Lastly, do book your hotel in advance as these dates are very popular among tourists and locals. I recommend checking TripAdvisor to see the best-reviewed hotels in Chiang Mai and their latest deals so you can get the best accommodation for your money. I’ve personally stayed at the Nap Box Hostel and The An-Teak Hotel and both were excellent.
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WOW! I hope to be able to go next year — great shots! 🙂 such an experience!
Thanks, Christina! Sure, come next year!!
Great photos! This post makes me incredibly jealous! This is one festival that I really want to experience and I’m absolutely fascinated by these lanterns. I hope to make it in time next year. Thank you for sharing tips on how to get to it in time.
Thanks, Natasha! Yes, try to see it next year (this one, actually), it’s totally worth it!
Hey, Norbert whats up. Like your blog so much. I love this festival also. Cool pictures.Thankx..
Great article. Absolutely love the pictures, although I’m sure it’s 10x more amazing to be there in real life! One to add to my list.
Definitely! I think it is more than 10x more amazing! It is surreal!
I was there for Yi Peng last year – truly magical! If anyone misses this festival, people do the same thing on a much smaller scale on New Year’s Eve. They don’t have the mass release like you went to, but there are so many lanterns in the air, that it is just as special!
Thanks, Heather! Yes, they do this in New Year’s at a smaller scale, which is worth seeing if you don’t have the chance to go to Yi Peng.
Wow!! what a great pictures you have clicked. I also wish to attend this festival soon.
Thank you so much, Josh! Yes, do go this year if possible!
oho amazing pics… hopefully get a chance to see it in live…
Thanks, Abdul! Try to see it in person, it is magical!
Fantastic pictures! It has always been a dream of mine to see the Lantern Festival. Thanks for the tips; I would never have known that they released 3 lanterns. I can only imagine how you felt when all those lanterns were released!
Thanks, Narissa! Yes, I didn’t knew they release three times until I got there and was told about it. Now you know! 😉
Some amazing shots here! Seriously, I’m amazed its not just a sky of burning lantern (they always catch fire when I have a crack!!) – do you know when the festival is in 2015?
Will, they don’t release the Yi Peng calendar until a few weeks before the event to try to keep it as local as possible, but, it is usually between the last weeks of October and the first weeks of November. I guess the best you could do is to try to be in the area around that time with a flexible schedule. Should you miss Yi Peng, there’s also Loi Kratong which is usually in the beginning of November.
I just get an e-mail:
According to the announcement from the
Chiangmai province, the lanterns can be launched only in Loy
Krathong day ( Yeepeng festival ) on 25 NOV. (100-300 Dollars)
The event which is the special day of Buddhist ceremony that used to have the
activity of launching lanterns will be held on 21 NOV.
Thus, the event on 21 NOV. WILL NOT HAVE the launching lantern activity.
Hi Vanessa –
Not sure who sent you that email, but I highly doubt it to be accurate. The Yi Peng festival is for locals, so I don’t think local authorities will forbid its citizens to pay respect to Buddha as they have done traditionally for year. I’m sure lantern will be thrown, as usual.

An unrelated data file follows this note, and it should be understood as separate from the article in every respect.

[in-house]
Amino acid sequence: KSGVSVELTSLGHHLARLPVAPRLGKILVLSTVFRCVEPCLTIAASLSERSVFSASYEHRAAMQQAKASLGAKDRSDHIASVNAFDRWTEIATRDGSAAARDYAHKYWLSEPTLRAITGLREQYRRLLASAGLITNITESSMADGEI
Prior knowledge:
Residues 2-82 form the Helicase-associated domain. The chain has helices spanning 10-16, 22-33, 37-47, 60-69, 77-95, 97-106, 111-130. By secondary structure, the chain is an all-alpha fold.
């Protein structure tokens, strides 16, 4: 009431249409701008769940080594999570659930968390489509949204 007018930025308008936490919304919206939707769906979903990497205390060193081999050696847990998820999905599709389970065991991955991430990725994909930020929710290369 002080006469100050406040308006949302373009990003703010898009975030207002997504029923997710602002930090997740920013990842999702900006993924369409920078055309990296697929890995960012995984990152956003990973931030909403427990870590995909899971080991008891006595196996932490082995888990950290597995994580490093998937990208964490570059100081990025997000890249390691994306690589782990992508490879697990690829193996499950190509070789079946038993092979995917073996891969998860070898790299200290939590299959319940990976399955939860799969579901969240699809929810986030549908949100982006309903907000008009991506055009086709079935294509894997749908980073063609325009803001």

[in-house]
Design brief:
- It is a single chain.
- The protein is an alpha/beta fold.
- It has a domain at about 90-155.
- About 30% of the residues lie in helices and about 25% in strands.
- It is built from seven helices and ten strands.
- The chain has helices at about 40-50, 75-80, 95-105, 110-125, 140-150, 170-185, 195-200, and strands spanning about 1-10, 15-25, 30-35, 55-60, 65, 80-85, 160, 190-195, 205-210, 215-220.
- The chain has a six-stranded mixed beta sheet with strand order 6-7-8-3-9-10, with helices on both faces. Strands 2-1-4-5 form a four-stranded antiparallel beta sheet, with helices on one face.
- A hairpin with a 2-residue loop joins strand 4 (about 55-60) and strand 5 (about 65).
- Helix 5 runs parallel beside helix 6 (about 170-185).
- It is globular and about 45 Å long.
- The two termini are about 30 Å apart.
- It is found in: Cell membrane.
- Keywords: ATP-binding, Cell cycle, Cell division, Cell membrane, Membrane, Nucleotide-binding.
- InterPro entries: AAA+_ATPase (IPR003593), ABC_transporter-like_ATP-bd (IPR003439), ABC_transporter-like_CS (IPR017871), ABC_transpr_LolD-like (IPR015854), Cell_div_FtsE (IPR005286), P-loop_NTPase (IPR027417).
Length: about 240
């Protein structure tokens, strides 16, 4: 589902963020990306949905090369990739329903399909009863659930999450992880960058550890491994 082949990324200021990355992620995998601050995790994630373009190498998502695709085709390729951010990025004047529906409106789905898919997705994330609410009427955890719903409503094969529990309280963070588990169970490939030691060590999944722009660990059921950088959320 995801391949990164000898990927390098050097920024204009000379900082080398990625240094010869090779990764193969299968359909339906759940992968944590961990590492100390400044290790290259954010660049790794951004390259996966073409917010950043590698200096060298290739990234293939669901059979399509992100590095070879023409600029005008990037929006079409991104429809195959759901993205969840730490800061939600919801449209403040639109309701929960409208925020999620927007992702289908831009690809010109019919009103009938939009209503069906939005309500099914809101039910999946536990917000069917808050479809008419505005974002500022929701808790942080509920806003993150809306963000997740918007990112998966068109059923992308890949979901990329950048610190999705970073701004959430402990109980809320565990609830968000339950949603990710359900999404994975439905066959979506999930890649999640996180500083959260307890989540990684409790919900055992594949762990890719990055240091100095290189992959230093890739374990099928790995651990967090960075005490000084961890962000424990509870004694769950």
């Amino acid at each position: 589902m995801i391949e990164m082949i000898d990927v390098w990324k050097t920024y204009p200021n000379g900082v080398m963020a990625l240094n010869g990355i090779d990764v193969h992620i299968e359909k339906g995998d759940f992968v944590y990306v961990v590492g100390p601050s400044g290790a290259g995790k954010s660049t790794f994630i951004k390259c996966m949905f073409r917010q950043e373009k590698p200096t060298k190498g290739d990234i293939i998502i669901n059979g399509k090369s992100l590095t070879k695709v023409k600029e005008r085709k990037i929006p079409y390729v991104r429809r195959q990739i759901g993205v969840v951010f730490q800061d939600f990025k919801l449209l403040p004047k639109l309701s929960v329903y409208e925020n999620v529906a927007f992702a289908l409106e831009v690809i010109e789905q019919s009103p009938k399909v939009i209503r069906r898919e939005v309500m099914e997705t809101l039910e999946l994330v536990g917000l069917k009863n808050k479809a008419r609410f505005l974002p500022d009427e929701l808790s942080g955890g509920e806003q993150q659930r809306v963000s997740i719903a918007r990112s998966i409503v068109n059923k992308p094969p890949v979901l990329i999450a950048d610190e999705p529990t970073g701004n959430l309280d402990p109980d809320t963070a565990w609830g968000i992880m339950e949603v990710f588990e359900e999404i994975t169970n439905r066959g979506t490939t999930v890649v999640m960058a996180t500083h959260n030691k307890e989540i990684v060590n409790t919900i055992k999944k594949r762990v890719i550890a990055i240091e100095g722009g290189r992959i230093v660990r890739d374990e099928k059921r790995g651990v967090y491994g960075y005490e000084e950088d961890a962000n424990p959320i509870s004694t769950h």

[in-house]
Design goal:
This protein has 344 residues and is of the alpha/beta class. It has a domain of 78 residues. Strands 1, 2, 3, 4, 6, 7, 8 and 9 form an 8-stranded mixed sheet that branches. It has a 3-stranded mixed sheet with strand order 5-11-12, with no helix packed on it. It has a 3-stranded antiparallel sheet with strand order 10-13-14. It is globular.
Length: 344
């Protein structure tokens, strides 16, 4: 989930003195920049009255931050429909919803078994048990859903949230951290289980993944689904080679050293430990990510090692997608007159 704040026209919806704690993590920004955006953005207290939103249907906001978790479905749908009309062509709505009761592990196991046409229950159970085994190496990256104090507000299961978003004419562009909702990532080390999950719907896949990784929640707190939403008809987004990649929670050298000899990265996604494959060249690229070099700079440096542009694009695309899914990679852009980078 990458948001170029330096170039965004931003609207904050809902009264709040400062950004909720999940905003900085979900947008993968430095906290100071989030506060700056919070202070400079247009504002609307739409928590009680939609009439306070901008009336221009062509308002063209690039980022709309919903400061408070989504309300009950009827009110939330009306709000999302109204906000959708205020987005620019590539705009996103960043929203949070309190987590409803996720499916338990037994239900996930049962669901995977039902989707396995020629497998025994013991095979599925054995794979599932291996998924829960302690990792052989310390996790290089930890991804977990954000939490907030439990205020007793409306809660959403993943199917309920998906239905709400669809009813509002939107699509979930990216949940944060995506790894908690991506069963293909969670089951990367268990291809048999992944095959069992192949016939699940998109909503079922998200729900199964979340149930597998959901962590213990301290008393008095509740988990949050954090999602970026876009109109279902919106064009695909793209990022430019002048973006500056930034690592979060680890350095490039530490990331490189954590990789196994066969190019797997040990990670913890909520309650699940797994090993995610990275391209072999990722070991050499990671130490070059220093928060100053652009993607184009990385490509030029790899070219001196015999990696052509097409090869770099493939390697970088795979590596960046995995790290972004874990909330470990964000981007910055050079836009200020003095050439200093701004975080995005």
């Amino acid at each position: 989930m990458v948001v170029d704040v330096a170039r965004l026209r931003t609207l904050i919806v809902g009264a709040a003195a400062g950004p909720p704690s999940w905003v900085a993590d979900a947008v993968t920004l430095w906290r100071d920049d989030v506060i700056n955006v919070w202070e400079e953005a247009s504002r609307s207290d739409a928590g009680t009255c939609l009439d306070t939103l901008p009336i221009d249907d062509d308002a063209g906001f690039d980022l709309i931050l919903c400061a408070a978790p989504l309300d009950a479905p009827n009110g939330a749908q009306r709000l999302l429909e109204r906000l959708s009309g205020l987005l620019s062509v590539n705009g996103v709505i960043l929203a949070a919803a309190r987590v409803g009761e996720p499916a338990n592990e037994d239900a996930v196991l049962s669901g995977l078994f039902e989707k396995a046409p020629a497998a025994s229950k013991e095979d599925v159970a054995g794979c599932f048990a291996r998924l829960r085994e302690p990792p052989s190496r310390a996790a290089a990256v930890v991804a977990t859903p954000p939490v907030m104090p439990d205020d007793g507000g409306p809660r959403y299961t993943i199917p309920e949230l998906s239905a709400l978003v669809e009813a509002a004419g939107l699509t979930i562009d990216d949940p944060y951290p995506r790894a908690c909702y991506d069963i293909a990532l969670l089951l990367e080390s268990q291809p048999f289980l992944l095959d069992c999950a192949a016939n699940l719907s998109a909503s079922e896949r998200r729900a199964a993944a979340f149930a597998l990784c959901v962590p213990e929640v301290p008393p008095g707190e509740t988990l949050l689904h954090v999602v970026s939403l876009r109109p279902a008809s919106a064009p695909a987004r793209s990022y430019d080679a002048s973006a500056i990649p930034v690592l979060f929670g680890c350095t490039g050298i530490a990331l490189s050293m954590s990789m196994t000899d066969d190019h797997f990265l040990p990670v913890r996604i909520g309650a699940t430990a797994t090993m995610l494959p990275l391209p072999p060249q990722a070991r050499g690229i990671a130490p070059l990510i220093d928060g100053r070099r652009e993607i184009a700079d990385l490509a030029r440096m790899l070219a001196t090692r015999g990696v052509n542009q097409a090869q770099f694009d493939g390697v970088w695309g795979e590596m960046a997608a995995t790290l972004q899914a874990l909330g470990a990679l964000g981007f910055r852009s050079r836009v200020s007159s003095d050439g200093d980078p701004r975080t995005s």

They might just say that to avoid having too many tourists, since Yi Peng is intended only for locals and Loy Krathong for tourists, hence the hefty price. Still, you can throw lantern on Loy Krathong without paying the fee. I certainly did, and so did thousands of other people.
I have also heard about the Nov 25th date as the only day for the lantern festival. Do you know if that’s still true or if there would be a local lantern release on the 21st? I plan to travel to Thailand during that time and want to participate but the tickets for the tourist one is all sold out.
Hi Quinn – I don’t know the current dates, so I would recommend to check on their facebook page for this year’s information.
I have a question, would you recommend joining a tour for this, or can you attend this even quite easily?
Hi Tiffany –
You can attend the event on your own easily. That’s how I did it. Just make sure you know of the exact date and just take a taxi or Songthaew (public transport – red pickup trucks) to where the festival takes place – which will probably be the University grounds outside the city.
Great pictures and video! Watching it was already magical, can’t imagine what it’s like being there. Must have been awesome. Looking forward to attend one day. What camera are you using for these fabulous pics and video? Thanks for sharing!
Thanks, Jean! I used a GoPro Hero 2 and a Nikon D5200.
It’s too late to comment. I just found your post on my searching of tips to go there
If there’s one festival that I couldn’t afford to miss that is the Lantern festival. Just seeing all the lanterns in the sky will definitely make you cry because it’s so magical.
Do you receommend getting tickets from a company to get a seat to see the Lantern festival or just getting transportation via taxi and going ourselves?
I recommend going by yourself on a Songthaew, or a Taxi if you don’t find any Songthaew going there. There’s no need to pay for arranged transport or a tour. Tons of locals are doing the same route, so finding public transport is easy.